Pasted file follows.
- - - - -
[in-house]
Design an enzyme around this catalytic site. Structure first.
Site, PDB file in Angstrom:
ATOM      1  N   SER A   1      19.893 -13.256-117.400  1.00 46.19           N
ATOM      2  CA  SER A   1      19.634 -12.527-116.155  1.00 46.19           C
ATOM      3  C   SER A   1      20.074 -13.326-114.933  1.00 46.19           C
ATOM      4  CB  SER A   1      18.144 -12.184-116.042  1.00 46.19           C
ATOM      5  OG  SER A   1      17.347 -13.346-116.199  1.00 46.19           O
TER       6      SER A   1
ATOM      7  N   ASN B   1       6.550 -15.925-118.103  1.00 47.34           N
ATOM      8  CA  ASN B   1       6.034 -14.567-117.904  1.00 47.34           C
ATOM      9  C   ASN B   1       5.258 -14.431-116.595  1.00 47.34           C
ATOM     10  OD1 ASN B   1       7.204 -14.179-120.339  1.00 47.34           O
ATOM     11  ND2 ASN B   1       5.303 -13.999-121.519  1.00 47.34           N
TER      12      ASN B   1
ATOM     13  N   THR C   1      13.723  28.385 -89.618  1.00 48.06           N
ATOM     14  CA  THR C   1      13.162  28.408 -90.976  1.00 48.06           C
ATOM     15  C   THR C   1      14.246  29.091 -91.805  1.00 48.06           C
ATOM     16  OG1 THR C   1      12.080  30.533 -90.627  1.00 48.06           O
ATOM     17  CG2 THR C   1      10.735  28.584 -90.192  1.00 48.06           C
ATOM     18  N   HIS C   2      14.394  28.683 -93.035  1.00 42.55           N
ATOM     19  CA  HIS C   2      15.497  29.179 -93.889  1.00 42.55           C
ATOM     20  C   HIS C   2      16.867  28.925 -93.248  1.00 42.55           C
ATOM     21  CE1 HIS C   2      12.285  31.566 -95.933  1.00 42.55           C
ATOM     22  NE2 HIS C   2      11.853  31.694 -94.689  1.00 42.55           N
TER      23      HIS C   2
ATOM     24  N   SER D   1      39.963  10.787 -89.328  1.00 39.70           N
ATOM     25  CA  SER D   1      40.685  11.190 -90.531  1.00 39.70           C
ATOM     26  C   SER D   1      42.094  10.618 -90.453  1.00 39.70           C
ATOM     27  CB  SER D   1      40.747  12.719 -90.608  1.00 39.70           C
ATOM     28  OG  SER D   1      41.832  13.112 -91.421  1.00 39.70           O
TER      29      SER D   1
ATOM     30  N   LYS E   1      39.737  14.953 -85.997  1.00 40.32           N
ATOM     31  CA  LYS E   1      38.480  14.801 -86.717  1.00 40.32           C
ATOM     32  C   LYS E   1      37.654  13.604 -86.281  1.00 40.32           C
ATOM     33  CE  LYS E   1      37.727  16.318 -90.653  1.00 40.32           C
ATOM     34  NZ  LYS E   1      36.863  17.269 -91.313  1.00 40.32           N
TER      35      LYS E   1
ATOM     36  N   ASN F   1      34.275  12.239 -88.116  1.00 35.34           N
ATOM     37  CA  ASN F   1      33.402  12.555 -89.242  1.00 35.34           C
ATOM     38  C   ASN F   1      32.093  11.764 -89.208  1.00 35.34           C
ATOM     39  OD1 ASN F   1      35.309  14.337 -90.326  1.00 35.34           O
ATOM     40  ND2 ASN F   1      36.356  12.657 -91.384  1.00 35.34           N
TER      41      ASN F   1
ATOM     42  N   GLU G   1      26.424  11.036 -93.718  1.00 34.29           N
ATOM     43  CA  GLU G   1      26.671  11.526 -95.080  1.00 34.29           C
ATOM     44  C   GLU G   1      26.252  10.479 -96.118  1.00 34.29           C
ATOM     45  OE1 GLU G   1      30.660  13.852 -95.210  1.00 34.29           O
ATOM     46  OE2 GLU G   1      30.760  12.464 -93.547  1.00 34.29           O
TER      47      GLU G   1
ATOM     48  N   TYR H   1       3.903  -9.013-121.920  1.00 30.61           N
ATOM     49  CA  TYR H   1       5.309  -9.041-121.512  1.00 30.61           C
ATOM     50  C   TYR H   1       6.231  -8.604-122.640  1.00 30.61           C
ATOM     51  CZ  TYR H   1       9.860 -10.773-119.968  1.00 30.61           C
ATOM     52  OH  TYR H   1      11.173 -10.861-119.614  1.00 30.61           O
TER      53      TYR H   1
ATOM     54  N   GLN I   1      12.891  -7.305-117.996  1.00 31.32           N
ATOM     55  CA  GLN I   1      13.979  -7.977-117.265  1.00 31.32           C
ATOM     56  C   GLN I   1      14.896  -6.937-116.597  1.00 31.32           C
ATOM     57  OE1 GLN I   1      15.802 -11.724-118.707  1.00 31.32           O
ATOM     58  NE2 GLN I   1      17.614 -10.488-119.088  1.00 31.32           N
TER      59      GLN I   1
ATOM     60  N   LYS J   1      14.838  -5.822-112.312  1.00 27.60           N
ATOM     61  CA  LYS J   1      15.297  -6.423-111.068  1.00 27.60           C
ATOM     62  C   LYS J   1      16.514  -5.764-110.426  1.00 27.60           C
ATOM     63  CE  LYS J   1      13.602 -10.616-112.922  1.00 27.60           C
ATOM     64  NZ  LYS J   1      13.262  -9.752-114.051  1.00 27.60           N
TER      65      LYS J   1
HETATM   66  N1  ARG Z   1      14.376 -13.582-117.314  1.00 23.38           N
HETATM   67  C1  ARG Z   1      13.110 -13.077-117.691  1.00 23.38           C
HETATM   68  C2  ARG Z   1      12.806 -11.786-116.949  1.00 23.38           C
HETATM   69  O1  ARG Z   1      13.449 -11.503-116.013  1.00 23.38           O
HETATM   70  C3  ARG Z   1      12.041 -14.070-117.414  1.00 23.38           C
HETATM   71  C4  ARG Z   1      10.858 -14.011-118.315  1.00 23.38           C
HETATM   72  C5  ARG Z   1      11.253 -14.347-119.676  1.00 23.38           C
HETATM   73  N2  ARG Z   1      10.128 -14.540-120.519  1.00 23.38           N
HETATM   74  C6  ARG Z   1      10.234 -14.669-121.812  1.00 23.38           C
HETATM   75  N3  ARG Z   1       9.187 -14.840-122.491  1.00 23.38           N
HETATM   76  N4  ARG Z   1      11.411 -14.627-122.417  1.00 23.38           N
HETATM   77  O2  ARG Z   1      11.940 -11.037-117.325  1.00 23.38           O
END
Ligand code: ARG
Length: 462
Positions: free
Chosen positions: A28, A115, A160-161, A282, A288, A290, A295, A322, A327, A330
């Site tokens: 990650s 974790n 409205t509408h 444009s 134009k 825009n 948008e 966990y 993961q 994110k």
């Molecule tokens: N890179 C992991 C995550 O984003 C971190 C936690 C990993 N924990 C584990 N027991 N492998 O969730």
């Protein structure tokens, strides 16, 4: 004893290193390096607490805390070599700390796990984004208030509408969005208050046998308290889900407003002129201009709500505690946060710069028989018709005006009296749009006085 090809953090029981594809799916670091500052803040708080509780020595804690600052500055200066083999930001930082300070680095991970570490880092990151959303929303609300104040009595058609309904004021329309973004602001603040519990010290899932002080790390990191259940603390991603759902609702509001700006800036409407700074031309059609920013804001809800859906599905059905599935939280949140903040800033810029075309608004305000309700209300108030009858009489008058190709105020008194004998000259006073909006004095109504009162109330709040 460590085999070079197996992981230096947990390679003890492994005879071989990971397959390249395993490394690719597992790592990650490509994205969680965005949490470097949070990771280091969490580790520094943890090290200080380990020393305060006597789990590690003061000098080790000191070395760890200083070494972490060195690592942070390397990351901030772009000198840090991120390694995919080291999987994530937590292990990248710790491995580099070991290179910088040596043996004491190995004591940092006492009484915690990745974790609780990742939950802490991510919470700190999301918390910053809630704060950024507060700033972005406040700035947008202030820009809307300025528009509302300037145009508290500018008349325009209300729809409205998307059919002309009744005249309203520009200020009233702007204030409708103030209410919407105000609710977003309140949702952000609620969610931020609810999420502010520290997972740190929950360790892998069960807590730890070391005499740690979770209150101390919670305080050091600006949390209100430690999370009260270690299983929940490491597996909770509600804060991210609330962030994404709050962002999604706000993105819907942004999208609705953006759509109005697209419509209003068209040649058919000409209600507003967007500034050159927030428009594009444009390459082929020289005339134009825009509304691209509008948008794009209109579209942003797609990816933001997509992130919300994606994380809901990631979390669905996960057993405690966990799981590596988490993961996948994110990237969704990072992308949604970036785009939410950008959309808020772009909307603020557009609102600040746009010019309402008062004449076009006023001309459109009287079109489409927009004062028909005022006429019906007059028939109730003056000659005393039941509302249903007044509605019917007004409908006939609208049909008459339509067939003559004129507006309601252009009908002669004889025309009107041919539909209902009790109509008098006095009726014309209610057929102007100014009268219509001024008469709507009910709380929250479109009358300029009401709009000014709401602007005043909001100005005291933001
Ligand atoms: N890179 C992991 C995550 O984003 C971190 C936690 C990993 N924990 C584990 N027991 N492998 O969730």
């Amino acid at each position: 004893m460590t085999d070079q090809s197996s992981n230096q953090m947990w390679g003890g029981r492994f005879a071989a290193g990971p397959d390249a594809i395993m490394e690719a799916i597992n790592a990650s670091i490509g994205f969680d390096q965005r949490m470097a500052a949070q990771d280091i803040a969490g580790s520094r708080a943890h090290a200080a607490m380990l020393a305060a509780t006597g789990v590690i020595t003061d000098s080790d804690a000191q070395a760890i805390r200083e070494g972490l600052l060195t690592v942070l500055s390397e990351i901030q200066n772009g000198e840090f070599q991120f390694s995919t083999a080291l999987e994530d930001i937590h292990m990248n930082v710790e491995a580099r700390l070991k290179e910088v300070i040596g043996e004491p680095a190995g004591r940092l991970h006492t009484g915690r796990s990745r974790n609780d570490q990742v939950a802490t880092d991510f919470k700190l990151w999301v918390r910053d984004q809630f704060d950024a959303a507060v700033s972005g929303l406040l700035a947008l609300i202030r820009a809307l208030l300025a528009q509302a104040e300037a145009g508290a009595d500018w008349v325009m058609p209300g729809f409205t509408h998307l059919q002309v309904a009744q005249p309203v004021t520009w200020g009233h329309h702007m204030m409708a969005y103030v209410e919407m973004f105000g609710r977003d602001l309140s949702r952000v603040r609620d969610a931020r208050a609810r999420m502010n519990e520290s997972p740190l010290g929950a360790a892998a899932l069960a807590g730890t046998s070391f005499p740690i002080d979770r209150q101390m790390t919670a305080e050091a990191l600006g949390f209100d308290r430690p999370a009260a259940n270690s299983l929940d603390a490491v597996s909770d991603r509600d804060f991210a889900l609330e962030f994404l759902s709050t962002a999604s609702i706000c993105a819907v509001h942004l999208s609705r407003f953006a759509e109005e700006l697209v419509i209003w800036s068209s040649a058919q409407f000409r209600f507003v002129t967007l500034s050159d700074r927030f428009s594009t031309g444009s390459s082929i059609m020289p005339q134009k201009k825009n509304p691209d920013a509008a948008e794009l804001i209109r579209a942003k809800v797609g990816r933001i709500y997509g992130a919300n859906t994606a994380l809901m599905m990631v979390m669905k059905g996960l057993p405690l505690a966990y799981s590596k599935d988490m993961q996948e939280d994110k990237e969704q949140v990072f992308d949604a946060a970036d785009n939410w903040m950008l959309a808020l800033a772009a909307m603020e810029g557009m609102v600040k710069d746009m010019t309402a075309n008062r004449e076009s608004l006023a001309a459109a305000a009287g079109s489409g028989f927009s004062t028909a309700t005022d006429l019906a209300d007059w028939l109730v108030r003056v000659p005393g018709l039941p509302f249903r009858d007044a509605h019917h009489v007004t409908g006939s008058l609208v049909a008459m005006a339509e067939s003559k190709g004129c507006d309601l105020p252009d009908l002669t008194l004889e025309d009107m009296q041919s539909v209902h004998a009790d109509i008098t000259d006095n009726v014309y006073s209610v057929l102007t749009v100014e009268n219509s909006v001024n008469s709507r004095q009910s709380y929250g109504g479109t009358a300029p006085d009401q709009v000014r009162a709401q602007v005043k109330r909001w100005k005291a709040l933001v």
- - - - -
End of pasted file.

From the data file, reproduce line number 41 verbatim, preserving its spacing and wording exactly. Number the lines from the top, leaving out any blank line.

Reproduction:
ATOM     38  C   ASN F   1      32.093  11.764 -89.208  1.00 35.34           C